Like many people in the various post-Boomer generations, I grew up being told repeatedly and plausibly that Social Security would not be around by the time I was old. Although I left the country—and that particular economic context—behind when I was 23, that mindset has stayed with me. Something in me doesn’t really expect to be able to retire, ever. Deep down, I expect to have to work until I am unable to, either from ill health or lack of opportunities. And then I expect to live in much reduced circumstances.
I was fortunate to start my adulthood without student debt (in-state tuition at UC Berkeley, back when it was a three-digit number of dollars a semester, plus two parents working full-time as lawyers. Also known as privilege and luck.) I’ve done my best to save money here and there, and joined whatever pension schemes I was eligible for. But many of my contemporaries, and even more people younger than me, haven’t had that good fortune, and many who have saved have watched the value of their savings melt away in the financial crisis.
This topic came up in the punishment and statistics thread. It’s a difficult discussion to have in hard times, because there really does not seem to be enough money to go around. We all feel vulnerable.
Lori Coulson, who used to work for Social Security, made a comment that was, for me, a completely different way of thinking about things. The key excerpt:
Right now if the current financial circumstances continue for the next 20 years SSA will be able to pay out full retirement benefits until 2036. If we raise the cap on the amount of income subject to OASDI tax (currently $110,100), the program will be solvent until 2075, when it may need to be tweaked again.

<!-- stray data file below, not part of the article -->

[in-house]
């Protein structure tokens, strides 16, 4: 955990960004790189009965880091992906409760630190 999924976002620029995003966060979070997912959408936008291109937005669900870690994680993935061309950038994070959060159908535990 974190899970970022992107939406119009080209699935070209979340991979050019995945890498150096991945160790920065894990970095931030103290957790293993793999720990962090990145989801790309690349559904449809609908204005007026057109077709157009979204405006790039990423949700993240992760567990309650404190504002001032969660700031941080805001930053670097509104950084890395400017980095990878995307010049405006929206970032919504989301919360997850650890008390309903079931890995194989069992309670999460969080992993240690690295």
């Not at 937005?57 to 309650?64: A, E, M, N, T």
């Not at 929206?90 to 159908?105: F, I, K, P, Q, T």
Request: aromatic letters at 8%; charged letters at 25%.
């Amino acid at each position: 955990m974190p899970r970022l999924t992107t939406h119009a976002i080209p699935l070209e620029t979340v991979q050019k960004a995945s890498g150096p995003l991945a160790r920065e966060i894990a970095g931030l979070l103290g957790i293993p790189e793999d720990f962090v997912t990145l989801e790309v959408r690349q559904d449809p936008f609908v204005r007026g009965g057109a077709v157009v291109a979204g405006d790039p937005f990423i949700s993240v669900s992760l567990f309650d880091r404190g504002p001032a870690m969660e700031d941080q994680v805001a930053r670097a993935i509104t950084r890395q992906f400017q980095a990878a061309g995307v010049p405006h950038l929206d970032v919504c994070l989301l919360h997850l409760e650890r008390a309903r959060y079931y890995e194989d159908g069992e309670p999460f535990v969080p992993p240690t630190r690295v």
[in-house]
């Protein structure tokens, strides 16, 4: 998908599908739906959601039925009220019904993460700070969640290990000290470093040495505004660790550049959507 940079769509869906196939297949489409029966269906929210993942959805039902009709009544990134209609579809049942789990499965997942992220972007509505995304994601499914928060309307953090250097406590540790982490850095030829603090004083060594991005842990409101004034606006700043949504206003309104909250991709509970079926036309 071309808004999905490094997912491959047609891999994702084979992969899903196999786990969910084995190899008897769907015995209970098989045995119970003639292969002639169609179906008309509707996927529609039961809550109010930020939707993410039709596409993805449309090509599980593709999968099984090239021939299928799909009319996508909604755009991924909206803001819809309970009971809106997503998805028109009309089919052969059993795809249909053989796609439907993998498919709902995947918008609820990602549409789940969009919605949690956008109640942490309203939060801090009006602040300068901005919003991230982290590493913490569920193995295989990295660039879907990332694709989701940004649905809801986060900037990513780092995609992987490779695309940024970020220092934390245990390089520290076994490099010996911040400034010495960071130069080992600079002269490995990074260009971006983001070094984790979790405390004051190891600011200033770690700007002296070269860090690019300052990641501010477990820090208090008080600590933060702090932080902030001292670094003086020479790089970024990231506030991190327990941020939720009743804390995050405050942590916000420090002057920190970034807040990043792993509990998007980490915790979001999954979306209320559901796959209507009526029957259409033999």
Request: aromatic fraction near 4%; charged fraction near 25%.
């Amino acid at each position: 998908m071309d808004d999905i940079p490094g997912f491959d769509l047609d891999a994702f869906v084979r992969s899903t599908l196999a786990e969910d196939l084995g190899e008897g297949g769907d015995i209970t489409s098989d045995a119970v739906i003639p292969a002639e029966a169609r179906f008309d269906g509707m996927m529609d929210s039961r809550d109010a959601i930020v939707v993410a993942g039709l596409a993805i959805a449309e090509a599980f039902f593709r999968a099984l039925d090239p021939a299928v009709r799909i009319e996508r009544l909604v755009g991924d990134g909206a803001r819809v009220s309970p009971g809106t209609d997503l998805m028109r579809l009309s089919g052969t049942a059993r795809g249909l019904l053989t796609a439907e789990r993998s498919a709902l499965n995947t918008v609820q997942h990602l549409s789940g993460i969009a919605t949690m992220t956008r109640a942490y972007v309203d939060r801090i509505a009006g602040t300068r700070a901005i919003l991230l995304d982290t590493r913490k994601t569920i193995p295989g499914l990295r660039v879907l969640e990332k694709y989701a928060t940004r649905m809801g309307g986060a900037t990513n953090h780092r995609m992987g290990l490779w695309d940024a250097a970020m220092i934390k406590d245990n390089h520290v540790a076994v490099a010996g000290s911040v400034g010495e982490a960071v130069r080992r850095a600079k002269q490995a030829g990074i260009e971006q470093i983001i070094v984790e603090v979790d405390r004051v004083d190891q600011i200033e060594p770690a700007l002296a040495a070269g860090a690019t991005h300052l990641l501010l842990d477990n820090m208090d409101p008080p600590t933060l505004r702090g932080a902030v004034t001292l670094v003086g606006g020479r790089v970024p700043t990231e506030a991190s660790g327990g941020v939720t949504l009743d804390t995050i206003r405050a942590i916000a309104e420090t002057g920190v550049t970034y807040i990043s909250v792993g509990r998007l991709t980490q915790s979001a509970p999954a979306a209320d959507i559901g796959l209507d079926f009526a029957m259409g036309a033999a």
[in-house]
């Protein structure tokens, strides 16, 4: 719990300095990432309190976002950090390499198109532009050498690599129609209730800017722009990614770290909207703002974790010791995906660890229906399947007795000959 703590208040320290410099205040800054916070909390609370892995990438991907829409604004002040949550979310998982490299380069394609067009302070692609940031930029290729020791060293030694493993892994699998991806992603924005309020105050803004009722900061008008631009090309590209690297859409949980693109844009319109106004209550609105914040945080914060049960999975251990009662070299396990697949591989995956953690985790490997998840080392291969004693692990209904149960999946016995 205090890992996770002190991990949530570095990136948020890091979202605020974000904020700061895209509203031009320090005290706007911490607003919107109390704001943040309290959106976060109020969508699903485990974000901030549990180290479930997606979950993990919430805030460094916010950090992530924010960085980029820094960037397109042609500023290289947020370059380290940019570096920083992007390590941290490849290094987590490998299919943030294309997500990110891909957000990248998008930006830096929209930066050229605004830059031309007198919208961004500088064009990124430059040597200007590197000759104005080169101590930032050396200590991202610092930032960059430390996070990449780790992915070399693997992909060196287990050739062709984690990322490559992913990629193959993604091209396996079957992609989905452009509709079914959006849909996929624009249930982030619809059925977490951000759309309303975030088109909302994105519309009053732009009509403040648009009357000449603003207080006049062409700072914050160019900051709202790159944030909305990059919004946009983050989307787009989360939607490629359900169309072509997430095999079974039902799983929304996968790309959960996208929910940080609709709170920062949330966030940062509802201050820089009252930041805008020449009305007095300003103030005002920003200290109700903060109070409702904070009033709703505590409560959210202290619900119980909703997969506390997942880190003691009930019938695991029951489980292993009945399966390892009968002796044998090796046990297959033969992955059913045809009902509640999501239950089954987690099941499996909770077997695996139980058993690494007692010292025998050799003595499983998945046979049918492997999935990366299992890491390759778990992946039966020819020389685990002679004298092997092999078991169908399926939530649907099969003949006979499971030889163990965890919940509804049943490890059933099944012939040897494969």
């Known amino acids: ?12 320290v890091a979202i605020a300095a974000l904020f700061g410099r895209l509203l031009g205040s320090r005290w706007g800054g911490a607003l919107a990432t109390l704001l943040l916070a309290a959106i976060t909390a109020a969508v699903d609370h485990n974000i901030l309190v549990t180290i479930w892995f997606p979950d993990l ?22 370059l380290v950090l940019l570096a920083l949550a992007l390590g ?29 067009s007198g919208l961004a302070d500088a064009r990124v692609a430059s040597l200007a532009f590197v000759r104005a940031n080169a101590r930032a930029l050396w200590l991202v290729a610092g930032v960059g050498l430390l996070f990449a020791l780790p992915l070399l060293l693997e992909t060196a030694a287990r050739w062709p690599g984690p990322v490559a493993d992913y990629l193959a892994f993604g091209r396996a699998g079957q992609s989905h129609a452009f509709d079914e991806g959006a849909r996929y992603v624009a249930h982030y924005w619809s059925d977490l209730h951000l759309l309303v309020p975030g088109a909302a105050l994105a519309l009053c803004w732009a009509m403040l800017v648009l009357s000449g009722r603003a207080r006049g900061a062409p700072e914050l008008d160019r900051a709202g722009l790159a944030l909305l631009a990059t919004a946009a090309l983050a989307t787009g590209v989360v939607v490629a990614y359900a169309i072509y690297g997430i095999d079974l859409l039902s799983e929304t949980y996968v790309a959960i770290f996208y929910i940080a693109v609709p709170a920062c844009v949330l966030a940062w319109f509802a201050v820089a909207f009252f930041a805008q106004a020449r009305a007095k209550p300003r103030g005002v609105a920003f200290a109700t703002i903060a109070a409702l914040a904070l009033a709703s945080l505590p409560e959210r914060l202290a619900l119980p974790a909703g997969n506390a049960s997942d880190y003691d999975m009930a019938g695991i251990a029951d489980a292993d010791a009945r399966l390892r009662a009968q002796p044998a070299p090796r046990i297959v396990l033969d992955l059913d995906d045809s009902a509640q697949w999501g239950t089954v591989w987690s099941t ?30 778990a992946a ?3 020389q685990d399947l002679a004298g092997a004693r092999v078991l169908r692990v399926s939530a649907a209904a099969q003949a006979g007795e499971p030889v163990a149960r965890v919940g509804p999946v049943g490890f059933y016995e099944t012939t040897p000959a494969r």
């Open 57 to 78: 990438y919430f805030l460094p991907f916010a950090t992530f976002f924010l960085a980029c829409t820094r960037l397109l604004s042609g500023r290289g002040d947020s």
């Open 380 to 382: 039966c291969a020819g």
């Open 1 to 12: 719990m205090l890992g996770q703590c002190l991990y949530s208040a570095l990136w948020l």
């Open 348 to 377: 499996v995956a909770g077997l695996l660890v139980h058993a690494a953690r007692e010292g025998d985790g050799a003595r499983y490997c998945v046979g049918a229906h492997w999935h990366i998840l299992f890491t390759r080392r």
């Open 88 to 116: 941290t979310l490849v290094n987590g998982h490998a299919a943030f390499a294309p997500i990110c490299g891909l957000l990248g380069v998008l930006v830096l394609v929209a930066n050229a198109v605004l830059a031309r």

SSID(isability) is in trouble, so is Medicare. Getting people back to work would solve most of the problem (more revenues). Allowing people who don’t have insurance to buy into Medicare, or reducing the age at which one becomes eligible for Medicare (say age 50)** would also help, again more revenue because enrollees pay about a premium of about $100-200 per month.
**This might keep the over-50 crowd employed, as their health insurance wouldn’t be coming out of their employer’s pocket.
Her thesis—and it’s a plausible one—is that these waves of Serious People Telling Us SS Is Going Away are (a) Wall Street wanting its hands on our investment money, and (b) a lingering aftereffect of discussions that have taken place as the system has been adapted over time.
There is nothing new under the sun — the Boomers got the same “SS won’t be there for you” back in the late 1970s and early 1980s. That’s when Reagan and Congress passed the last changes to OASDI.
In 1983, the retirement age was raised from 65 to 67, and the FICA tax was doubled (both the employee and the employer contribution) to build the SS Trust Fund. Please note the Trust Fund was designed to deplete as the Boomers die off.
So perhaps I was naïve in thinking that, because everyone has always told me that I will get a less comfortable retirement than my parents’ generation, it might be true. Maybe I didn’t think through the idea that voter pressure can change even those things that were presented to me as immutable. But I will note, judging by the thread, that I’m in very good company.
I’d suggest you read the subthread before getting onto the topic here. But be aware, as you do so, that there aren’t any villains, knaves or fools in the conversation we’re having here. We’re just a bunch of people who don’t want anyone—ourselves, our elders, or our children—to be impoverished in old age.